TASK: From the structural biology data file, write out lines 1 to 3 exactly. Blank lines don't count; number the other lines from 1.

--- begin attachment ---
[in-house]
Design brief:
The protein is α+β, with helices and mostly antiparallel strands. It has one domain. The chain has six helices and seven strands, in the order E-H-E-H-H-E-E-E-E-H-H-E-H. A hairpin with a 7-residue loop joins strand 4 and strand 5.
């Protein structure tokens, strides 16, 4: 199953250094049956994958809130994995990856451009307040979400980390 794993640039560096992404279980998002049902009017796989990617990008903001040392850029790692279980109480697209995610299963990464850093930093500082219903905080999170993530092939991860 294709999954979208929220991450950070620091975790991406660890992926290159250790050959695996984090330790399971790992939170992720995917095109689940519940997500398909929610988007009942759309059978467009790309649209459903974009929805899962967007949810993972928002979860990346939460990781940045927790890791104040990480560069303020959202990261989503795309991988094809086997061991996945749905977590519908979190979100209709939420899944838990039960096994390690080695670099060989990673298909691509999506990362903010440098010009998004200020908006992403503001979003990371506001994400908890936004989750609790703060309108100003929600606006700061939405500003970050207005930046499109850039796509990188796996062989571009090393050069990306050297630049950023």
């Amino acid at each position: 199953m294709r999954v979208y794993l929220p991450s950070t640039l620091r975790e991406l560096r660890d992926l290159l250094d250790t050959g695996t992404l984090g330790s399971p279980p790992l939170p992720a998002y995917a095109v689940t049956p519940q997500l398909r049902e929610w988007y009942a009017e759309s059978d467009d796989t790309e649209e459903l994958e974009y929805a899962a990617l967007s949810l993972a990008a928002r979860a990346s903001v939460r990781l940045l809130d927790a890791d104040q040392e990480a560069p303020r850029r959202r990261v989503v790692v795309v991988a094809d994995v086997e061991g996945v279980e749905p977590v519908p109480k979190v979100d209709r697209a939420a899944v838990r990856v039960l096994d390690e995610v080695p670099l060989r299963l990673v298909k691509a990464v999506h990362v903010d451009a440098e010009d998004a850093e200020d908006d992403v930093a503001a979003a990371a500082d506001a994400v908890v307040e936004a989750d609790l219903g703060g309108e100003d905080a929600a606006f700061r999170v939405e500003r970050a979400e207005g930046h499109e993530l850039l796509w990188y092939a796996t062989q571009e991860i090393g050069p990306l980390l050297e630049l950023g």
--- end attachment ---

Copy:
[in-house]
Design brief:
The protein is α+β, with helices and mostly antiparallel strands. It has one domain. The chain has six helices and seven strands, in the order E-H-E-H-H-E-E-E-E-H-H-E-H. A hairpin with a 7-residue loop joins strand 4 and strand 5.